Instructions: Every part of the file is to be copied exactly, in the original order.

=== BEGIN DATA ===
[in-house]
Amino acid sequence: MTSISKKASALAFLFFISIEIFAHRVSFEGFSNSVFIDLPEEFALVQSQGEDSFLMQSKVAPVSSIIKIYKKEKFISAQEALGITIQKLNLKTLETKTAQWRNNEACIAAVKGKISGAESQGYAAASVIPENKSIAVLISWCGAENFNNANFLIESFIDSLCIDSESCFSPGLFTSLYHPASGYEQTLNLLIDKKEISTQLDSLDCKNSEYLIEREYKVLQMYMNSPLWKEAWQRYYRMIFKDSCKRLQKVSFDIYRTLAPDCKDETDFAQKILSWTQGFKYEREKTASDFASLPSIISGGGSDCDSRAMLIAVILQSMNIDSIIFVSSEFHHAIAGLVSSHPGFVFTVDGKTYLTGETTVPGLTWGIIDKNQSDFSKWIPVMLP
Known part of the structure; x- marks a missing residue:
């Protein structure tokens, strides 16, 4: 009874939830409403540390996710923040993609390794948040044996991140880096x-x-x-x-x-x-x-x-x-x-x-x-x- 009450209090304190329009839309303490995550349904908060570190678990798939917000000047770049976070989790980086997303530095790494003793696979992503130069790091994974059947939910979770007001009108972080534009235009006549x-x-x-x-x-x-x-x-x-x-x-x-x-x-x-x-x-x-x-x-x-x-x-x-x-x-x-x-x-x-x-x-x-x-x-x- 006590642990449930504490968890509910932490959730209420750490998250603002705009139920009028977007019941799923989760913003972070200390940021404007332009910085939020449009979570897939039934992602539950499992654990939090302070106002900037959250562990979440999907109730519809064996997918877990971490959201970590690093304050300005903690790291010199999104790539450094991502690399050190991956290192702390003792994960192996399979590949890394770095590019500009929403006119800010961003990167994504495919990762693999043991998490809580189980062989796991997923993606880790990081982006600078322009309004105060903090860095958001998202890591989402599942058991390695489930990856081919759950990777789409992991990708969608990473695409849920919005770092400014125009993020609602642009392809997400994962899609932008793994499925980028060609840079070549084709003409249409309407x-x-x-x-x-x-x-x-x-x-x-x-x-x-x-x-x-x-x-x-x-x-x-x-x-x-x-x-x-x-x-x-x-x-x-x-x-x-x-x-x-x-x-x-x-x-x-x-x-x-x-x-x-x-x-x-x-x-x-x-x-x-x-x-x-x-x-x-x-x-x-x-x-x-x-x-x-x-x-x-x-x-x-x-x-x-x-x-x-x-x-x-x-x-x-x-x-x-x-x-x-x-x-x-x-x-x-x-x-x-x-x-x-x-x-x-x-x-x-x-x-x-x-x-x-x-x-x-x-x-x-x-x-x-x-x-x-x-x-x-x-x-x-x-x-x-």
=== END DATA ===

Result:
[in-house]
Amino acid sequence: MTSISKKASALAFLFFISIEIFAHRVSFEGFSNSVFIDLPEEFALVQSQGEDSFLMQSKVAPVSSIIKIYKKEKFISAQEALGITIQKLNLKTLETKTAQWRNNEACIAAVKGKISGAESQGYAAASVIPENKSIAVLISWCGAENFNNANFLIESFIDSLCIDSESCFSPGLFTSLYHPASGYEQTLNLLIDKKEISTQLDSLDCKNSEYLIEREYKVLQMYMNSPLWKEAWQRYYRMIFKDSCKRLQKVSFDIYRTLAPDCKDETDFAQKILSWTQGFKYEREKTASDFASLPSIISGGGSDCDSRAMLIAVILQSMNIDSIIFVSSEFHHAIAGLVSSHPGFVFTVDGKTYLTGETTVPGLTWGIIDKNQSDFSKWIPVMLP
Known part of the structure; x- marks a missing residue:
């Protein structure tokens, strides 16, 4: 009874939830409403540390996710923040993609390794948040044996991140880096x-x-x-x-x-x-x-x-x-x-x-x-x- 009450209090304190329009839309303490995550349904908060570190678990798939917000000047770049976070989790980086997303530095790494003793696979992503130069790091994974059947939910979770007001009108972080534009235009006549x-x-x-x-x-x-x-x-x-x-x-x-x-x-x-x-x-x-x-x-x-x-x-x-x-x-x-x-x-x-x-x-x-x-x-x- 006590642990449930504490968890509910932490959730209420750490998250603002705009139920009028977007019941799923989760913003972070200390940021404007332009910085939020449009979570897939039934992602539950499992654990939090302070106002900037959250562990979440999907109730519809064996997918877990971490959201970590690093304050300005903690790291010199999104790539450094991502690399050190991956290192702390003792994960192996399979590949890394770095590019500009929403006119800010961003990167994504495919990762693999043991998490809580189980062989796991997923993606880790990081982006600078322009309004105060903090860095958001998202890591989402599942058991390695489930990856081919759950990777789409992991990708969608990473695409849920919005770092400014125009993020609602642009392809997400994962899609932008793994499925980028060609840079070549084709003409249409309407x-x-x-x-x-x-x-x-x-x-x-x-x-x-x-x-x-x-x-x-x-x-x-x-x-x-x-x-x-x-x-x-x-x-x-x-x-x-x-x-x-x-x-x-x-x-x-x-x-x-x-x-x-x-x-x-x-x-x-x-x-x-x-x-x-x-x-x-x-x-x-x-x-x-x-x-x-x-x-x-x-x-x-x-x-x-x-x-x-x-x-x-x-x-x-x-x-x-x-x-x-x-x-x-x-x-x-x-x-x-x-x-x-x-x-x-x-x-x-x-x-x-x-x-x-x-x-x-x-x-x-x-x-x-x-x-x-x-x-x-x-x-x-x-x-x-």